Dunne did suggest that the Trump team’s tack was transparent. “It’s basically achieving delay,” he said.
The sharp questions from the judges for Consovoy portend a likely ruling that Vance may enforce a subpoena against Mazars USA, Trump’s accounting firm, in what appears to be a wide-ranging investigation into the Trump Organization’s business practices.
House investigators have been seeking similar information, following public testimony in early 2019 by former Trump attorney Michael Cohen suggesting that Trump routinely inflated his assets to obtain credit. But the House’s effort has been mired in litigation for more than a year and appears unlikely to yield results before the 2020 election.
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Indeed, one of Trump’s complaints in the case before the appeals court Friday is that Vance’s subpoena is overbroad because it simply mimics the Congressional subpoena. But that argument seemed to have little resonance with the judges.
Trump’s legal team has argued that the Manhattan D.A.’s investigation is focused solely on so-called “hush money” payments Michael Cohen orchestrated during the 2016 campaign to women claiming sexual encounters with Trump, because that’s how an initial subpoena seemed to be framed. But Dunne rejected that conclusion as a “non-sequitur.”
“There’s no logical reason to assume the earlier subpoena define the scope of the investigation, as opposed to the later subpoena,” Dunne said.
Consovoy insisted that it was “plausible” that the probe was still limited in that way, so the latest subpoena should be kept on hold while the president’s lawsuit proceeds, but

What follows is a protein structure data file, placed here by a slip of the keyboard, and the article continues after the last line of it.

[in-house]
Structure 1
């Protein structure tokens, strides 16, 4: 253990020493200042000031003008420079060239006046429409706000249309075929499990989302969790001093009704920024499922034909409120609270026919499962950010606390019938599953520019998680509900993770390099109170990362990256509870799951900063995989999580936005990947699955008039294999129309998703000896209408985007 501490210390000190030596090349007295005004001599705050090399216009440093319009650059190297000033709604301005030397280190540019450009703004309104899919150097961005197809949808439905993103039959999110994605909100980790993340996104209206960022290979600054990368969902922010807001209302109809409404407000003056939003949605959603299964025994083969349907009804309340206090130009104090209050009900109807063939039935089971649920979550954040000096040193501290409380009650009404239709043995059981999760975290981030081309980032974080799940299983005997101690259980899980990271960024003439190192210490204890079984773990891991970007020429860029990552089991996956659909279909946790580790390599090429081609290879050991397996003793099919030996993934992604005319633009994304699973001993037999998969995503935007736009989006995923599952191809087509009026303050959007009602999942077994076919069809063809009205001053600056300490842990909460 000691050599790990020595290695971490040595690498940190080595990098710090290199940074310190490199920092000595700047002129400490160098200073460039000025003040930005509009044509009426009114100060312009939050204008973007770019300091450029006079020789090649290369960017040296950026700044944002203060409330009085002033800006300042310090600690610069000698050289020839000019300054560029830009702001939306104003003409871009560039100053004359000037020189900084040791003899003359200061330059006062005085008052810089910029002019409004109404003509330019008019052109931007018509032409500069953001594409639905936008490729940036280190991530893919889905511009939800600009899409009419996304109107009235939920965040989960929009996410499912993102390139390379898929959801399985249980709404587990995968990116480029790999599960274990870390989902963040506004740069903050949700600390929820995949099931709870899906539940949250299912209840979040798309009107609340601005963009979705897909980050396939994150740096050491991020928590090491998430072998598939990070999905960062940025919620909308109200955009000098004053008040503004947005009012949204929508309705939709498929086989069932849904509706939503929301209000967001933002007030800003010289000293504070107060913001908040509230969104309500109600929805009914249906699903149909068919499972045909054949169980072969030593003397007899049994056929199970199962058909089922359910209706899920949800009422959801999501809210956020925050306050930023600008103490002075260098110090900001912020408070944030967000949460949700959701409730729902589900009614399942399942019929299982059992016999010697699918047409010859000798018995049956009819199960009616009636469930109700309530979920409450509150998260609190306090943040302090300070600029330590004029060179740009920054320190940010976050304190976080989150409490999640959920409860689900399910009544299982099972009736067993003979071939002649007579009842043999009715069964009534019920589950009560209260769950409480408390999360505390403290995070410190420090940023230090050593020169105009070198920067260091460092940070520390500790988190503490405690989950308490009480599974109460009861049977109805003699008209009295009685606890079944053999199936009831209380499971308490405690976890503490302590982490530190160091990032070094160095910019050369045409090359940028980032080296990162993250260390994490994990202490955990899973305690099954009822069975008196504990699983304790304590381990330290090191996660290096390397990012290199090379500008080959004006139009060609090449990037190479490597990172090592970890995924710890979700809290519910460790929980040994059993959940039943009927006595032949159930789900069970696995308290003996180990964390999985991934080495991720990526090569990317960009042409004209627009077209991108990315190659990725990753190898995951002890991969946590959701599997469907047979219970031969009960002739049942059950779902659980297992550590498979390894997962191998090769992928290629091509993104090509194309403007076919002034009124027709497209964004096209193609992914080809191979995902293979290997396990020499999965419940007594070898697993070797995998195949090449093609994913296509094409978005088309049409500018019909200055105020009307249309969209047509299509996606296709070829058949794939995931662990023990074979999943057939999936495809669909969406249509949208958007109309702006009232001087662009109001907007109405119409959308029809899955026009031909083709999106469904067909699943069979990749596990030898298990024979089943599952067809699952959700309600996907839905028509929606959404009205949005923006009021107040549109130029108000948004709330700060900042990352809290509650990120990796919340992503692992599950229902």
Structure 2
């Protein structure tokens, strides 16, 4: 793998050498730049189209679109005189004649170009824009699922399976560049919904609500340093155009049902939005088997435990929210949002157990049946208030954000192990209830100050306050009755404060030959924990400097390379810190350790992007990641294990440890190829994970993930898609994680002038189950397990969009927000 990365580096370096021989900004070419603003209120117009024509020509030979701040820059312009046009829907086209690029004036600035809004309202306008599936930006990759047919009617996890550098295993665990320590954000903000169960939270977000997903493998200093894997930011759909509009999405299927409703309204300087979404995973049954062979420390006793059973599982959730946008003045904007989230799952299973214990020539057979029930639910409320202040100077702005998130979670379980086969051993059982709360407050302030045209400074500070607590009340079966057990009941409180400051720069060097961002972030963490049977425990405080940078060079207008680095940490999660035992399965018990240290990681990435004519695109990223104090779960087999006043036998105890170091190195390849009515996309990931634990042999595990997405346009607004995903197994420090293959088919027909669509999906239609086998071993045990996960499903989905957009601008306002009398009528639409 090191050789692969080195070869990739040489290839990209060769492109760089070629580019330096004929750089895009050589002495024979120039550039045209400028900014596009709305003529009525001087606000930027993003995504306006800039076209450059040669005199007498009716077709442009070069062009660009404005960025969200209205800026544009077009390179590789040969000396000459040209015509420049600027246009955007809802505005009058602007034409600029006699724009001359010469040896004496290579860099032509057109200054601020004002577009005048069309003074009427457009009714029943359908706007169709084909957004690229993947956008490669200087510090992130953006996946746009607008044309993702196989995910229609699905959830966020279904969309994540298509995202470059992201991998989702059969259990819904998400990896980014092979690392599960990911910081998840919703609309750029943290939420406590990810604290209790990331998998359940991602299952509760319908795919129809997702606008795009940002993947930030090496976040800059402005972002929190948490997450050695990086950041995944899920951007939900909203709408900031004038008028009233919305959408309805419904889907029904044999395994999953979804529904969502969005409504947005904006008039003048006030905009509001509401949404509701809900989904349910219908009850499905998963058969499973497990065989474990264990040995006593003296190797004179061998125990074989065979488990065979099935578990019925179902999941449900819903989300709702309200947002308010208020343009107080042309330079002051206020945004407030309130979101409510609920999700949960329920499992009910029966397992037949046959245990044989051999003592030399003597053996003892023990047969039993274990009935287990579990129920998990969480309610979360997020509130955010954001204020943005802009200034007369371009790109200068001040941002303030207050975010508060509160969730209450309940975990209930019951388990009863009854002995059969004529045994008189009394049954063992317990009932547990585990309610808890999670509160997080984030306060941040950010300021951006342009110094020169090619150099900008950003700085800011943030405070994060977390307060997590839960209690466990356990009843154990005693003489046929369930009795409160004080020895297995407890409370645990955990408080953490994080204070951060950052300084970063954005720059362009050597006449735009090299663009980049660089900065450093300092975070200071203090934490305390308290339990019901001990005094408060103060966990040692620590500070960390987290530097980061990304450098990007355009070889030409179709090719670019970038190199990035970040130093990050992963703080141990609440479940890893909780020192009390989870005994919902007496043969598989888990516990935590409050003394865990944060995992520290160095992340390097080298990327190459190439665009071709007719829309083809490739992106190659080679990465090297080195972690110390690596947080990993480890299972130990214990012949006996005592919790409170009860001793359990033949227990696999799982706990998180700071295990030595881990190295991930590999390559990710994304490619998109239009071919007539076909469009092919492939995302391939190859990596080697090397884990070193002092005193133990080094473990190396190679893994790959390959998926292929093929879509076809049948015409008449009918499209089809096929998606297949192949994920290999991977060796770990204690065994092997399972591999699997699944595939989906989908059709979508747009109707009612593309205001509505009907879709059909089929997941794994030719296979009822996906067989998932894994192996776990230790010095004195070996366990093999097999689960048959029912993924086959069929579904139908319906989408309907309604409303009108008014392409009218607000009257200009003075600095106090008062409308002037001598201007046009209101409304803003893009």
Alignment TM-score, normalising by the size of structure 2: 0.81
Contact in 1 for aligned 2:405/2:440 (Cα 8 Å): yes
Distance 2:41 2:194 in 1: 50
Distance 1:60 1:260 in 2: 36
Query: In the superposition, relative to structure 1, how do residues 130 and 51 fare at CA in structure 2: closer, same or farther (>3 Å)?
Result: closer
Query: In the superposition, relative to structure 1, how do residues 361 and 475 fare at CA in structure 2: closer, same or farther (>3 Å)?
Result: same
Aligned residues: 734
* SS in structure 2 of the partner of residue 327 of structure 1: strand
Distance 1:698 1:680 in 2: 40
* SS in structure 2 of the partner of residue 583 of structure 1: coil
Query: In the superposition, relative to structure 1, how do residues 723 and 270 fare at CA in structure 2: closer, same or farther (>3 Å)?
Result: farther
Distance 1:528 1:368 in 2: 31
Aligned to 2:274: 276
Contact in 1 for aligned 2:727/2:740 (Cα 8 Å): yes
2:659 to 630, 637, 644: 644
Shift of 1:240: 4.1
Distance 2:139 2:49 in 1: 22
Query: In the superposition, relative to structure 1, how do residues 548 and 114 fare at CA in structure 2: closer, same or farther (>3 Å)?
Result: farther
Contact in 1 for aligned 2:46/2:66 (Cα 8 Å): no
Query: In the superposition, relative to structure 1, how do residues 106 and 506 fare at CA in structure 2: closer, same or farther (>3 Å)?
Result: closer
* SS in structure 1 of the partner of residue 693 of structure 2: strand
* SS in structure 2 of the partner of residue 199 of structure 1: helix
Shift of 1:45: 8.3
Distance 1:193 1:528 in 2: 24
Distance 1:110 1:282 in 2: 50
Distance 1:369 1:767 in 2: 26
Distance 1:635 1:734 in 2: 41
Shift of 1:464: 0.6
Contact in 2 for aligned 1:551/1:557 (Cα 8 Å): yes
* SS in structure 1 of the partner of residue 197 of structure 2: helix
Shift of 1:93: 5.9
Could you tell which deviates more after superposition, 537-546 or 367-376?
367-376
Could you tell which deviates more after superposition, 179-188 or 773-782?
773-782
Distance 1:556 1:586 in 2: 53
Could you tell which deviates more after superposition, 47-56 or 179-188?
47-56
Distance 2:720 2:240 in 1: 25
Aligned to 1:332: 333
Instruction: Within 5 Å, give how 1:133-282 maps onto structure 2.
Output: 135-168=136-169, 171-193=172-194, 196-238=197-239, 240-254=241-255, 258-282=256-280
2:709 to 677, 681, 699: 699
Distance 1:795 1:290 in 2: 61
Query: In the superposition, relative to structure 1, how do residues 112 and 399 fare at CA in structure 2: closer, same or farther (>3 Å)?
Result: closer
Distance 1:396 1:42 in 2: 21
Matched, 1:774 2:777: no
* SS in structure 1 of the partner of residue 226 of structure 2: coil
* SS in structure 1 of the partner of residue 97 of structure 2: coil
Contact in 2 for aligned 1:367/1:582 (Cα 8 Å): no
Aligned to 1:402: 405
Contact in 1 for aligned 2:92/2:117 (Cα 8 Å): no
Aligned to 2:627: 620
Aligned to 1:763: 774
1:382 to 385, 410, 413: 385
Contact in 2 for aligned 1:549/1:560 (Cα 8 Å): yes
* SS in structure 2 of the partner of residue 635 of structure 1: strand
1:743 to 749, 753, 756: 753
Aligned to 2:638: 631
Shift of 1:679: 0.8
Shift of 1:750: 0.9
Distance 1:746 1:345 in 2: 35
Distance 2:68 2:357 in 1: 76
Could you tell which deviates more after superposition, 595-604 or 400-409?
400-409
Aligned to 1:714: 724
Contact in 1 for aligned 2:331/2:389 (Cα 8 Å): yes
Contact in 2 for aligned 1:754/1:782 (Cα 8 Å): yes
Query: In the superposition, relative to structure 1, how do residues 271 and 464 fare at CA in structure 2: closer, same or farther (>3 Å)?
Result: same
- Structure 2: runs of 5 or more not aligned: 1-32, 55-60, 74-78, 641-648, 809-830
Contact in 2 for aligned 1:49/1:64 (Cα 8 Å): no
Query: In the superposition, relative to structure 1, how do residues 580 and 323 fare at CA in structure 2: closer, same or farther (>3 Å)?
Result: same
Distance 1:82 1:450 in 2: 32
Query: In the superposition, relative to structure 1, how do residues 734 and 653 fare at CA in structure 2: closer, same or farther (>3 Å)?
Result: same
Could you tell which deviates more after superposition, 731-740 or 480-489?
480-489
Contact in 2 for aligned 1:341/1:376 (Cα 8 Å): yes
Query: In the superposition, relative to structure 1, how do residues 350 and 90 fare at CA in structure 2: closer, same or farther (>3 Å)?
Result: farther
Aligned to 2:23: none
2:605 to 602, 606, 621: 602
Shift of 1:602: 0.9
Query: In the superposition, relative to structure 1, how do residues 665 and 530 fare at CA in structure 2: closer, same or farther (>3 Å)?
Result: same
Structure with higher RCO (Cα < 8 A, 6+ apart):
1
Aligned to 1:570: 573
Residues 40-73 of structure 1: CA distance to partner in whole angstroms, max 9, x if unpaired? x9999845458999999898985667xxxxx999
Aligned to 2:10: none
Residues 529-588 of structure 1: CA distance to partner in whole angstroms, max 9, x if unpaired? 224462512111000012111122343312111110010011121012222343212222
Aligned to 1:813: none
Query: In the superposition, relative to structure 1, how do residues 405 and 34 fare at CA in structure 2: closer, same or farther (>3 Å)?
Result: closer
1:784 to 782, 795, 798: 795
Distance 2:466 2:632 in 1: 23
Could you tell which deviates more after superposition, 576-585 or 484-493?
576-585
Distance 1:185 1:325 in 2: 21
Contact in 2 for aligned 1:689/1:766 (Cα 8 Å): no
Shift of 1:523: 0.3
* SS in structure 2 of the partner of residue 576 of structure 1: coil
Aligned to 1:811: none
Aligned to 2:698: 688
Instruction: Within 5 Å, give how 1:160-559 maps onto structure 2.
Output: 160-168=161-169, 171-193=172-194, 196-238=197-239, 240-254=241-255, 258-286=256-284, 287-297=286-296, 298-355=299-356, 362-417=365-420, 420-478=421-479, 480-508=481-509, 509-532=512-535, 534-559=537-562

Dunne called that argument “preposterous.”
“It’s not true,” he said. “I can’t help but say we’re through the looking glass here.”
The judges also seemed to struggle Friday with the Trump team’s claim that the investigation has remained static.
“As we, I think, all know, grand jury investigations grow and more information comes in,” Lohier said. “That’s the natural presumption.”
The third judge on the panel, Clinton appointee Pierre Leval, seemed the most skeptical of the Trump team’s arguments. Leval said he saw nothing at all strange about the D.A. seeking information on Trump’s global business income since it would all have to be reported on his New York tax return.
“To say that a district attorney and grand jury investigating fraud in a tax return can only look at business operations that were conducted in Manhattan and not Queens, not Washington, D.C., not Indonesia, and not any of the places covered by the tax returns that seems to me to be farfetched,” Leval said.
If the appeals court panel upholds the lower court decision tossing out Trump’s renewed suit over the subpoena, the president could ask for review by the full bench of the 2nd Circuit, but that isn’t commonly granted.
Trump could also ask the Supreme Court to weigh in on the case a second time, but he’d likely need some form of emergency relief from the 2nd Circuit or the Supreme Court to prevent Vance from enforcing the subpoena against the accounting firm believed to hold Trump’s records.